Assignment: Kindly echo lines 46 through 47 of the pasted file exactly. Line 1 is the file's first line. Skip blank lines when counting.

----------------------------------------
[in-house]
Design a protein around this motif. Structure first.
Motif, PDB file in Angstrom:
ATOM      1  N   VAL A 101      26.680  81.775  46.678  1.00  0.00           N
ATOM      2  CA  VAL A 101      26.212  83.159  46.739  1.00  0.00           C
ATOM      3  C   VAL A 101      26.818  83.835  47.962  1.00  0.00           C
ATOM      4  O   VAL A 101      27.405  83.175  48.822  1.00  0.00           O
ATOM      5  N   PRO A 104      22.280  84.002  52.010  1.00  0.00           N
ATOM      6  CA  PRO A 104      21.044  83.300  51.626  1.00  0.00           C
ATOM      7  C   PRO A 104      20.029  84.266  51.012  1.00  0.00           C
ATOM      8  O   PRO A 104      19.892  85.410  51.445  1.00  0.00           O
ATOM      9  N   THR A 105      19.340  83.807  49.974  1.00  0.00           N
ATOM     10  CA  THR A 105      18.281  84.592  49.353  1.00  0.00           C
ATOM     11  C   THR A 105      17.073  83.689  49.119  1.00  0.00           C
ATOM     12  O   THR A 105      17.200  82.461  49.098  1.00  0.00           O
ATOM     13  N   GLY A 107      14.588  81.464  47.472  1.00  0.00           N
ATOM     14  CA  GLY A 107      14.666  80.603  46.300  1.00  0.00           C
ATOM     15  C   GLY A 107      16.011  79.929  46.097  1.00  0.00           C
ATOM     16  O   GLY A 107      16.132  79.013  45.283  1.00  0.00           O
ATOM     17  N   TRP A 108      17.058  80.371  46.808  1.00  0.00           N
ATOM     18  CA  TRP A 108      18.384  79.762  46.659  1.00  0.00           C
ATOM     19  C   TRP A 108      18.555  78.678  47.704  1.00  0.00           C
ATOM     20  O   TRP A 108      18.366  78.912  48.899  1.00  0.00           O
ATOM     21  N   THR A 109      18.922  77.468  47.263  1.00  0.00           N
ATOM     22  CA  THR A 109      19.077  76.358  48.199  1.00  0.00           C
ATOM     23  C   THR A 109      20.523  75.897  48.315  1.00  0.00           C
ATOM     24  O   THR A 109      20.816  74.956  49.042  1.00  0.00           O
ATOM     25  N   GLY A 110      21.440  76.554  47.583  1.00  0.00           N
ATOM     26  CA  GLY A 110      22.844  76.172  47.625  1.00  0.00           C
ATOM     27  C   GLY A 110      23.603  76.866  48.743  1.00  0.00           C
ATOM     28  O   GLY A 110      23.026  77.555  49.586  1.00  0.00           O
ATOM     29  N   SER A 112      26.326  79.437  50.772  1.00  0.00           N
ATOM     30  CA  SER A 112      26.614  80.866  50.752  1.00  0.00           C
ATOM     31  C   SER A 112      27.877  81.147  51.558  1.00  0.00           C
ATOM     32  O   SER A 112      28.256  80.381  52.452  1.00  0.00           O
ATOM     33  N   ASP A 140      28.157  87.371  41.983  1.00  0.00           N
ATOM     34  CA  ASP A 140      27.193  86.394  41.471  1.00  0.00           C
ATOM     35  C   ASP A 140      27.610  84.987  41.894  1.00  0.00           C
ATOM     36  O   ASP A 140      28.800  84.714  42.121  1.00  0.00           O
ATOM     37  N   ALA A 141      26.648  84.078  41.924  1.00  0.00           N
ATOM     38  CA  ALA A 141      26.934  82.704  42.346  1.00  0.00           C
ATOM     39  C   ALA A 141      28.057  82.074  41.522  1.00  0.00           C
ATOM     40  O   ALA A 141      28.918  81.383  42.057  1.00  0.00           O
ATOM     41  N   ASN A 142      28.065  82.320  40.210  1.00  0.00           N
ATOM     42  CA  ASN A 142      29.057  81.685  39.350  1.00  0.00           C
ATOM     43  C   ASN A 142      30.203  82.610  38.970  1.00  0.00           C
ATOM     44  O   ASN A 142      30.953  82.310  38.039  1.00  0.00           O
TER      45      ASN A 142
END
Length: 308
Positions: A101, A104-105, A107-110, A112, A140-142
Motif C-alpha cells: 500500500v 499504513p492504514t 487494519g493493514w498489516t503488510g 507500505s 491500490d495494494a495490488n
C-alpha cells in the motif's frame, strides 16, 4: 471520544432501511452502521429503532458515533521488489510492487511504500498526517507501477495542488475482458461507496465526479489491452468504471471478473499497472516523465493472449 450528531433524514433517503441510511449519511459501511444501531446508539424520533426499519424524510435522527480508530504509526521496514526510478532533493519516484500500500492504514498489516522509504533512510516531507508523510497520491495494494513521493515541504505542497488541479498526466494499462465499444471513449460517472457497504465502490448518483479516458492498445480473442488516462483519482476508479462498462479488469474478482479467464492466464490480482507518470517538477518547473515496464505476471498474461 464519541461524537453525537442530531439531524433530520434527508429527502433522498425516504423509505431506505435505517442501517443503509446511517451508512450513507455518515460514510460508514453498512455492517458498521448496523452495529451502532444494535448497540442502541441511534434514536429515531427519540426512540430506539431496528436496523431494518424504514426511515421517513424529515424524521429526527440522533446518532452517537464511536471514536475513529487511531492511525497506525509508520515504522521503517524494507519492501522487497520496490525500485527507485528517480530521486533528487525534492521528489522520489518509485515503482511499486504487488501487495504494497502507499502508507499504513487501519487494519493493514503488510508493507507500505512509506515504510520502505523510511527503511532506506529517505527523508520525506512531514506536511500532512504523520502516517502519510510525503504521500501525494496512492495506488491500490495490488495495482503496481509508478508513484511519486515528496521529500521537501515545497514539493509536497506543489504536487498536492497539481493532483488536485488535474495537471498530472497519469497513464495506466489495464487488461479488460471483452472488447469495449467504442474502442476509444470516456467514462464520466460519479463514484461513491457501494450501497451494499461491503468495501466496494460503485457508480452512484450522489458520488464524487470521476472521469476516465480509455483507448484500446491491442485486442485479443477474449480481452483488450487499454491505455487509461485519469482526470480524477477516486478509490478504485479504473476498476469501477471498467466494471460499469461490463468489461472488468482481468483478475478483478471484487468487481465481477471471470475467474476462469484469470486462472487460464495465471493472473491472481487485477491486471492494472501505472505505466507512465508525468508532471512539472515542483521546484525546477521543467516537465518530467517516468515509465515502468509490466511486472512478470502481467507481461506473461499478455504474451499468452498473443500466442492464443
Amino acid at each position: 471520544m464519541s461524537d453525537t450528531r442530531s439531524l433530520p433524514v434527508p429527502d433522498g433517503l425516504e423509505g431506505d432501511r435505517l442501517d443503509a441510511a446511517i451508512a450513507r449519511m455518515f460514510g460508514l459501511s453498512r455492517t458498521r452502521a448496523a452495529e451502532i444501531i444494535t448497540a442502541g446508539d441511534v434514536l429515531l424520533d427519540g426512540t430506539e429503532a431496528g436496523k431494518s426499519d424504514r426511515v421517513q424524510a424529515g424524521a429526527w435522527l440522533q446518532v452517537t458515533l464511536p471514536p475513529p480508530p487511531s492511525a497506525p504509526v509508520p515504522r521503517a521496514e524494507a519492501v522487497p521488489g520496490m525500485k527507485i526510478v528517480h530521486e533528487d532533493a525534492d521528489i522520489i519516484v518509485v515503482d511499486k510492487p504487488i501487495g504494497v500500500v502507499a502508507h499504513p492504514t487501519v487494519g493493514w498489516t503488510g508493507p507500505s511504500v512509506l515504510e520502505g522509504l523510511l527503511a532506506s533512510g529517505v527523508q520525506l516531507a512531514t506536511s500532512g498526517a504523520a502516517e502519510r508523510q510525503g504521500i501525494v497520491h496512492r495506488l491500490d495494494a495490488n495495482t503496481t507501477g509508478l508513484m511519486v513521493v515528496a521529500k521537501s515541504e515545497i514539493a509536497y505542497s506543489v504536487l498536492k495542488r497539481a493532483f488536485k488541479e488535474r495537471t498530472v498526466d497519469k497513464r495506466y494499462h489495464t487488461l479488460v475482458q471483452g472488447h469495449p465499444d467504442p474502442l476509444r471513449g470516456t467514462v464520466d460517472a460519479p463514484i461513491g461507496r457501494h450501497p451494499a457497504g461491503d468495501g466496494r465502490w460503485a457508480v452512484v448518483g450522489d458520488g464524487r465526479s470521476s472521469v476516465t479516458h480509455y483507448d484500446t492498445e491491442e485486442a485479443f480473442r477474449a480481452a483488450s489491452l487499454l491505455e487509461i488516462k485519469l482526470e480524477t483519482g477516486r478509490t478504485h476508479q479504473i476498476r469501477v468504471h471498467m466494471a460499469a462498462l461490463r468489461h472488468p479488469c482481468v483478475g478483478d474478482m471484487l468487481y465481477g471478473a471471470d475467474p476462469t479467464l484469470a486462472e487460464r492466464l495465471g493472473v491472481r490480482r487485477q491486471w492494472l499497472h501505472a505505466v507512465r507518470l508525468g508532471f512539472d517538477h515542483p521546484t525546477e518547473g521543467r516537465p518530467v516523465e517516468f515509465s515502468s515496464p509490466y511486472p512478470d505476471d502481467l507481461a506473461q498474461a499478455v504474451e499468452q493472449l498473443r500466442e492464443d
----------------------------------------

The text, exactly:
ATOM     43  C   ASN A 142      30.203  82.610  38.970  1.00  0.00           C
ATOM     44  O   ASN A 142      30.953  82.310  38.039  1.00  0.00           O